A big challenge during COVID in Tanzania and a lot of other countries in Africa is that there were girls who just couldn’t afford to buy certain basic needs. A recent study by one of our partner organizations, Amplify Girls, found that transactional sex happened more frequently during school closures, which resulted in pregnancy and prevented girls’ return to school. There were just a lot of challenges – the biggest being that mentors were not able to be with the girls in person.  That close, deep connection between a girl and her Mentor is a central focus and key piece of the mentoring programs we support.

I would like for you to take this opportunity to send out a message to the women, young and girls at large.

A: JessicaI think I would say to any girl that you are worthy and have the ability within you to decide to design the life that you want to live for yourself. Find the people in your life who encourage you to do that, and to help you grow and make your own decisions. You have the confidence inside of. Sometimes it just takes the right person to bring it out. Find a mentor who can help draw out qualities in yourself that you didn’t even know that you had. And then, follow your dreams. That would be my wish for girls.

I’d like for you to bust certain myths about educating girls and which would help people support this cause better.

A: JessicaEducating girls and investing in girls’ education improves entire societies. It is the most cost-effective investment an individual, a community, or government can make in reducing poverty. Educated women reinvest in their families and secure better jobs. Educated women have children that grow up healthier and wealthier and their children are more likely to attend school. It is a ripple effect that if a girl goes to school, it improves not just her future but her family’s future too. Over time, this improves entire communities.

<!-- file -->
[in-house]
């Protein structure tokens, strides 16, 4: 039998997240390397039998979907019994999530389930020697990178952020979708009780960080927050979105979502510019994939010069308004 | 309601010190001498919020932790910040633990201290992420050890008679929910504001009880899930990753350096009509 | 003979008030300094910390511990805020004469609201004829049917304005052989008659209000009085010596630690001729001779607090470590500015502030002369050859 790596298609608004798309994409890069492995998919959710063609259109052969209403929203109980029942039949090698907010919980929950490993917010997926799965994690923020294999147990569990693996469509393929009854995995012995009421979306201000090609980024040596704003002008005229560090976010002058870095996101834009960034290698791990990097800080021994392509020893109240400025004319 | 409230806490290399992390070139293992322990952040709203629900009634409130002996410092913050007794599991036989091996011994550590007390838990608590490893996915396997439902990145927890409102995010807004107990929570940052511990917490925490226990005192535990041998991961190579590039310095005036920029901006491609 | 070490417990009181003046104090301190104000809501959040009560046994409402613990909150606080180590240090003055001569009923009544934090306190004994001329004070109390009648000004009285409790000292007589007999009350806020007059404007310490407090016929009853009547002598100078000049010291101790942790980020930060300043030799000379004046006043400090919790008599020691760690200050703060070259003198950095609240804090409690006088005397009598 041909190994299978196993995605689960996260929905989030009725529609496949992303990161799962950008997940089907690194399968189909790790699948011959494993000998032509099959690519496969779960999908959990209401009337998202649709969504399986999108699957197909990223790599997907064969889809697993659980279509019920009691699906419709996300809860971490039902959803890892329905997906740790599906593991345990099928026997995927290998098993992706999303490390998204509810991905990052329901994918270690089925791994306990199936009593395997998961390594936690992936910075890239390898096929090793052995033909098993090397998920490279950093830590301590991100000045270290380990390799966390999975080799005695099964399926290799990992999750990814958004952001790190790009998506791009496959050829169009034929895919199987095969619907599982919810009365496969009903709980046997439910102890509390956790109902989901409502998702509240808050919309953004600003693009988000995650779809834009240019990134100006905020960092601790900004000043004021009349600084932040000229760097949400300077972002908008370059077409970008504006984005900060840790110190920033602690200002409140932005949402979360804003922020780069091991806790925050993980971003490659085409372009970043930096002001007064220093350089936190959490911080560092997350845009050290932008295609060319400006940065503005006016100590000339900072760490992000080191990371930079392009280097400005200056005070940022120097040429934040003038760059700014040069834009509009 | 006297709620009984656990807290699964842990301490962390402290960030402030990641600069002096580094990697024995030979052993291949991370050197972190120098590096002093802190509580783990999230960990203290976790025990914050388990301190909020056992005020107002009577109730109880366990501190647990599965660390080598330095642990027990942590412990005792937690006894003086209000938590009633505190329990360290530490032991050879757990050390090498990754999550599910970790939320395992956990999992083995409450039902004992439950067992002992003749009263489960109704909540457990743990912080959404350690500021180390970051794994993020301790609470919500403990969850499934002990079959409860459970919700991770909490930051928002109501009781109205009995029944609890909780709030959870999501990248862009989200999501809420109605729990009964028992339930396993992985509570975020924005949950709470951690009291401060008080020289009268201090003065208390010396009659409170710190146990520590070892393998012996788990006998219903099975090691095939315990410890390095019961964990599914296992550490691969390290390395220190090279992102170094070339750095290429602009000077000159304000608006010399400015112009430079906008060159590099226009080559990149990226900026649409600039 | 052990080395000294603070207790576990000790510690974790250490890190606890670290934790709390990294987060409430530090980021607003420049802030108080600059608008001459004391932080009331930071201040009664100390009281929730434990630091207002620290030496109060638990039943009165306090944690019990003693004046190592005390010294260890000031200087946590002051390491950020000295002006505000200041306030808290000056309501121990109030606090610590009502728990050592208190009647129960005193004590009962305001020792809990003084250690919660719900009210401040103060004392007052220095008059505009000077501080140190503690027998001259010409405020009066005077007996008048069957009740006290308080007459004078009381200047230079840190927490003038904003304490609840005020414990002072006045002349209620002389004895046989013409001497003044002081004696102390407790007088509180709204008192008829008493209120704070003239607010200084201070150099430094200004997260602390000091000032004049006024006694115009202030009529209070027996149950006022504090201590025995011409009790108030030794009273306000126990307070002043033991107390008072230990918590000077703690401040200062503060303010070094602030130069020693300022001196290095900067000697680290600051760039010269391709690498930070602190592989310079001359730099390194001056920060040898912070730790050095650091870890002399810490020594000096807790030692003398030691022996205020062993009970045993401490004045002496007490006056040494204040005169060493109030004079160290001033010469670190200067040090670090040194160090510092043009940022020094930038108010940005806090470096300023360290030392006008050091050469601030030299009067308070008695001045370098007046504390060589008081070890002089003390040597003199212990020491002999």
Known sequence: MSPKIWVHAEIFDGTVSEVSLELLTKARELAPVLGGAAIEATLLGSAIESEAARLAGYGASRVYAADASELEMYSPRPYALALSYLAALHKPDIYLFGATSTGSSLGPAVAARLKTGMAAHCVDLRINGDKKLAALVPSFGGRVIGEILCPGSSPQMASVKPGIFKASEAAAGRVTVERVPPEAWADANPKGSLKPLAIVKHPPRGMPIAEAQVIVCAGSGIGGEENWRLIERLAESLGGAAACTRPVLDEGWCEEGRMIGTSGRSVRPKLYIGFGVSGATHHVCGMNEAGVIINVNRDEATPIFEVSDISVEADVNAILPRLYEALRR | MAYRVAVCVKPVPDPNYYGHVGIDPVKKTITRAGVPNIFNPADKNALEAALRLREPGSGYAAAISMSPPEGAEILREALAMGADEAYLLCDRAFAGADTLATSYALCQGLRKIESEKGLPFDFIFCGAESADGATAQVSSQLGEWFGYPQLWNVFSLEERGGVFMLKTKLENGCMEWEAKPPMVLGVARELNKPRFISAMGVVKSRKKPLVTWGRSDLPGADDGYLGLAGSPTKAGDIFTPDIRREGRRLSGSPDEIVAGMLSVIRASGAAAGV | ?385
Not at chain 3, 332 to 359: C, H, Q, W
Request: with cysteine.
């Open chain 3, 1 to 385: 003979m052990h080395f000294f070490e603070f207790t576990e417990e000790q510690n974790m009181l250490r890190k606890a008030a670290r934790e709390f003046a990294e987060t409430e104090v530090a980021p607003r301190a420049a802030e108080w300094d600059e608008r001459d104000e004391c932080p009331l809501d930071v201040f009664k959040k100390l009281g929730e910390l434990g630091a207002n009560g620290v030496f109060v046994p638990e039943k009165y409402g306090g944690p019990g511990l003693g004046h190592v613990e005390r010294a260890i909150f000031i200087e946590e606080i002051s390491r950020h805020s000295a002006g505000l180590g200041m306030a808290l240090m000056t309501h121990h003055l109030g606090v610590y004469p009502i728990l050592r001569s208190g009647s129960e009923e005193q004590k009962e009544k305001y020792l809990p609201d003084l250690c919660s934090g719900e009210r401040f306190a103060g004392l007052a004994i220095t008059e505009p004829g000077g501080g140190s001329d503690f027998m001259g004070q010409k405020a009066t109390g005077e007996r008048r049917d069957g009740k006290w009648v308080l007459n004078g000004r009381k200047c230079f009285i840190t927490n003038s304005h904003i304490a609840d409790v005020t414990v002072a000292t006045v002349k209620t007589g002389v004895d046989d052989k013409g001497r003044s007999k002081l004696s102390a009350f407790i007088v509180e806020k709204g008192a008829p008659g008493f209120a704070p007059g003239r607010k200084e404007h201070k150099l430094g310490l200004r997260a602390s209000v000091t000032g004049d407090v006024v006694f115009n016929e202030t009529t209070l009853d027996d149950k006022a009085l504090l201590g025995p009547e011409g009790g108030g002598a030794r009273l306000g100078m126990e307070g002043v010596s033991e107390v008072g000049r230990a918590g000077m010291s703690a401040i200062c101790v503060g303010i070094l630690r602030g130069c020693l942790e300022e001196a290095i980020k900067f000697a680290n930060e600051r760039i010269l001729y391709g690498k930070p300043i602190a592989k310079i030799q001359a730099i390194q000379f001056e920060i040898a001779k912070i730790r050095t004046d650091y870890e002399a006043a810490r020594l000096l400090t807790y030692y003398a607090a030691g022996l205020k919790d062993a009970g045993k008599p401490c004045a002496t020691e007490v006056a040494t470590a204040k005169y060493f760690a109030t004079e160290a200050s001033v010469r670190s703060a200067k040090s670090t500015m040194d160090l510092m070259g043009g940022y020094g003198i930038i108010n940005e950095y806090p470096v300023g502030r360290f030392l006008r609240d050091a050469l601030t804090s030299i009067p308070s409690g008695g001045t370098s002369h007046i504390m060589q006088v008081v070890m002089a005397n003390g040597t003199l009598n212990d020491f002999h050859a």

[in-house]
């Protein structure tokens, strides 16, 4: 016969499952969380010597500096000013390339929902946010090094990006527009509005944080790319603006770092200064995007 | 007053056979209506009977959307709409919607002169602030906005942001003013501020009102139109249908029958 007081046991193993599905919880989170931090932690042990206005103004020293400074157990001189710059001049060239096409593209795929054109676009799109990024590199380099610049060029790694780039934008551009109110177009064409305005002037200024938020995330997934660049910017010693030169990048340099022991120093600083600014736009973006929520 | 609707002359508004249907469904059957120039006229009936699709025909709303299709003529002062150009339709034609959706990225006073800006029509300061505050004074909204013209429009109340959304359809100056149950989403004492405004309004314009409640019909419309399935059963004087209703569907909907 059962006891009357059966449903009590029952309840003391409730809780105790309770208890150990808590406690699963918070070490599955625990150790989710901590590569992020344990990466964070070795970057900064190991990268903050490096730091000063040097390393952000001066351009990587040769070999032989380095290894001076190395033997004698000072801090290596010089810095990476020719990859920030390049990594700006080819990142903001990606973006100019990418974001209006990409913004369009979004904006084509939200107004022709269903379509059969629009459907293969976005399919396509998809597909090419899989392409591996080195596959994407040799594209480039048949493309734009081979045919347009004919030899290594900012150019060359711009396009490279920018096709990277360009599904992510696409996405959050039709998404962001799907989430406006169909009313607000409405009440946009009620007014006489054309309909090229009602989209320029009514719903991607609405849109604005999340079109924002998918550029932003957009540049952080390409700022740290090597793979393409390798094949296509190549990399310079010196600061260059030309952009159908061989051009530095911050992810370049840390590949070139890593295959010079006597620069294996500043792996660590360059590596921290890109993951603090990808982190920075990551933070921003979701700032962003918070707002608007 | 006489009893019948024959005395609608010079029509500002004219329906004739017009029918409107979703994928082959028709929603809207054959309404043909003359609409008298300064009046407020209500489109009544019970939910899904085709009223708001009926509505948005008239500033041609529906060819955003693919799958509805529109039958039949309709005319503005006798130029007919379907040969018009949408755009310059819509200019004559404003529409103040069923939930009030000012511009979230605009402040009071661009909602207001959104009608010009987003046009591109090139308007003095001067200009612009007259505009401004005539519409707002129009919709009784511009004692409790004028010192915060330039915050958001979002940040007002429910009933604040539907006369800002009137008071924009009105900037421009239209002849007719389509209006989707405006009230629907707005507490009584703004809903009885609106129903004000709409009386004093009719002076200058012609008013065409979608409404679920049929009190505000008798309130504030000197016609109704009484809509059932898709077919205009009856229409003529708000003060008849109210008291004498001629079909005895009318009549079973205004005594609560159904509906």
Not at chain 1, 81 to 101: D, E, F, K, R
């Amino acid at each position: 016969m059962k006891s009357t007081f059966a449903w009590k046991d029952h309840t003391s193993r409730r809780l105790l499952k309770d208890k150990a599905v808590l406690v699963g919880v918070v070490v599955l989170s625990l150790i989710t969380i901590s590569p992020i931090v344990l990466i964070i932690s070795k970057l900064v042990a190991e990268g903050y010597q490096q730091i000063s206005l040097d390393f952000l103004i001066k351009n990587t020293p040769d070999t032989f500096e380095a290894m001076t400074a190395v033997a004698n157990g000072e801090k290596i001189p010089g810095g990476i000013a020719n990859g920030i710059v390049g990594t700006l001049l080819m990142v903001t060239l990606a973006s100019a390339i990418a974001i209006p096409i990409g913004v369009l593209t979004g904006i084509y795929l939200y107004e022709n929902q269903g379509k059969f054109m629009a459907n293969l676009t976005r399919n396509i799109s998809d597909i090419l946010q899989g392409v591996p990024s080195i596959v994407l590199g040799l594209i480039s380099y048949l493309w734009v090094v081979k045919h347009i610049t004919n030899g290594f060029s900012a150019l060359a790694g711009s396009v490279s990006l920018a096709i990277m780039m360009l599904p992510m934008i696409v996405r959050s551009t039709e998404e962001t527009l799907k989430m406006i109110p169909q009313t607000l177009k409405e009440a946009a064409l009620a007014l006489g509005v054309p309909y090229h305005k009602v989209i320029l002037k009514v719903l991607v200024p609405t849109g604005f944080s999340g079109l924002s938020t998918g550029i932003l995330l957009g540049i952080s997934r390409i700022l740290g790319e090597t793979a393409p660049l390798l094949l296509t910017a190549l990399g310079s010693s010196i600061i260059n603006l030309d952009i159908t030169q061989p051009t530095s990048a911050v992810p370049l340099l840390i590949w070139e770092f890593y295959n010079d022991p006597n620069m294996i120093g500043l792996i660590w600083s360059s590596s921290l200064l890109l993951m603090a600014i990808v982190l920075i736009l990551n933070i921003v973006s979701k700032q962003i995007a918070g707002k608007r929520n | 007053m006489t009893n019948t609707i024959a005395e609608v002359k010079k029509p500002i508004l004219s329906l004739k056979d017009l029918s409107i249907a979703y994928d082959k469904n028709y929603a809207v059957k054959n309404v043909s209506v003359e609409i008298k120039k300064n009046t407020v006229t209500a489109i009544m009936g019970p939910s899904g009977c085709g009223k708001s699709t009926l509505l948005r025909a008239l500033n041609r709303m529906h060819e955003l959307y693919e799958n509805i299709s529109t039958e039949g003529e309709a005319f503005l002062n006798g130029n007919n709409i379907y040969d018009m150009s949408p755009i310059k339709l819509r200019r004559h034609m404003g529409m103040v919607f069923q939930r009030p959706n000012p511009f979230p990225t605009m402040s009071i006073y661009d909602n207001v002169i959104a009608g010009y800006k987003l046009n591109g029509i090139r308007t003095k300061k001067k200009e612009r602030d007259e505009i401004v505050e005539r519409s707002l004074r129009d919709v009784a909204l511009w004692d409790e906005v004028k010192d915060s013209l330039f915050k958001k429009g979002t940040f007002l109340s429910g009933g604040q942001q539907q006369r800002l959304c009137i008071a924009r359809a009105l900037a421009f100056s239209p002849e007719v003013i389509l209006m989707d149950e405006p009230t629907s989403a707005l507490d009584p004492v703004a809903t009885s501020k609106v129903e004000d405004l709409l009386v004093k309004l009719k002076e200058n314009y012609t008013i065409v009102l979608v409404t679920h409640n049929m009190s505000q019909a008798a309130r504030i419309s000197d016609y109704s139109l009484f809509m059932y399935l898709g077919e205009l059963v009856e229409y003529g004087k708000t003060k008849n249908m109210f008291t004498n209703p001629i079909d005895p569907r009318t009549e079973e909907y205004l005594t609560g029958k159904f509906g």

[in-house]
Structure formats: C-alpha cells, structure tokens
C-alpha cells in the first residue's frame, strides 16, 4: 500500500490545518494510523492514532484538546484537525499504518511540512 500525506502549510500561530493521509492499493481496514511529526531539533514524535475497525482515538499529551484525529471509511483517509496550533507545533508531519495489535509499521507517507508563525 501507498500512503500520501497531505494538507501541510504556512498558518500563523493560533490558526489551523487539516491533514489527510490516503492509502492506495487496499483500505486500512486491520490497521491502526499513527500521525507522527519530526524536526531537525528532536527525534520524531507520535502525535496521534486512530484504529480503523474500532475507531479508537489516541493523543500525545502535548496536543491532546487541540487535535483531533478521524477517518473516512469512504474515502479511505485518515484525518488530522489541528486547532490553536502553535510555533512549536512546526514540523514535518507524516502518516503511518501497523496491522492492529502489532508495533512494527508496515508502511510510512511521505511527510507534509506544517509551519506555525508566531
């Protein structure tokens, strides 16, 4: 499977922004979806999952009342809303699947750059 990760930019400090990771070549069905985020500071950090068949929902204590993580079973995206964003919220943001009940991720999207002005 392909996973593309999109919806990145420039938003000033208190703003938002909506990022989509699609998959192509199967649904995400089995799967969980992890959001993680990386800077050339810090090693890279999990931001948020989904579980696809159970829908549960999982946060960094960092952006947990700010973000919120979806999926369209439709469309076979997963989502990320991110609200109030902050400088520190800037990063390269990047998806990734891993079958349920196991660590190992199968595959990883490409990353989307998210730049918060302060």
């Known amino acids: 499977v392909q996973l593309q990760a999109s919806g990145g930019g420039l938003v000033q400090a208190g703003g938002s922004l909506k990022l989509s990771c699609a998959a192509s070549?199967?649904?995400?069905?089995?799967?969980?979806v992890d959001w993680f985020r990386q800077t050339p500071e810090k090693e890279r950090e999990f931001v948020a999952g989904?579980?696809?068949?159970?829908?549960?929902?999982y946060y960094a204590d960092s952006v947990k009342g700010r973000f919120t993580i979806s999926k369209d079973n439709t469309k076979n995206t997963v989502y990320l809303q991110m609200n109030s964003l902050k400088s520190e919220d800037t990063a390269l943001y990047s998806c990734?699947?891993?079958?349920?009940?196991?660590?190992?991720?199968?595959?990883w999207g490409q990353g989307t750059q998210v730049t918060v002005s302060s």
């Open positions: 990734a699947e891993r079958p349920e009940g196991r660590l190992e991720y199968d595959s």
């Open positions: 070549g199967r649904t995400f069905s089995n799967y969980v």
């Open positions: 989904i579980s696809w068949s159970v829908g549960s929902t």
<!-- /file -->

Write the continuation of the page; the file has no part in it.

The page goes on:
What are some things that the people who are corporate volunteers, individuals can do to help nonprofits like yours support this cause at large?

A: JessicaFor us and so many nonprofits, money equals mission. The more funds we have, the more we can put girls into these programs and expand the programming. But I think sometimes there’s a misconception that the only means we want is donations which is not true. It is so important to us to have volunteers from platforms like Goodera who can engage in skills-based volunteering that can help us extend our reach. The way we raise money is by reaching more people.  Having more support for social media, storytelling and other activities that help to get our messages out there, can be tremendously helpful to our work. We all can do something to contribute. It doesn’t always have to mean money. We can all dedicate our time and our talents in a lot of different ways to help nonprofits raise those critical funds.

Any message you’d like to give to leave for potential volunteers?

A: JessicaTaking the first step of picking a project and then completing it is the best thing you can do! You won’t know the great work that you can do until you click ‘Accept’ on a project. We’ve had so much great support for things that you might not even think are helpful, from graphic design to communication and strategic planning support. A lot of that comes from just one-hour phone calls or conversations with people who have specific expertise that we can’t afford as an organization. You have talents and skills, and it costs nothing to get on the phone and just share your knowledge. So: just click on a project and get started, because you’ve got something wonderful to offer, and there are nonprofits like AfricAid that will benefit so much from your expertise!

Learn how you can raise your voice and make an effect with Goodera

We have numerous volunteer activities planned at the Goodera to engage volunteers around the subject of International Day of Girl Child. This topic asks us to make society more inclusive for girls and advocate for their rights. You can help AfricAid by participating via Goodera’s virtual volunteering experience. The experience is powerful and engaging, making it an excellent choice for getting you started on your virtual volunteering adventure.

Interested? Reach out to us here.

Are you a nonprofit looking for volunteers? We can help! Talk to us.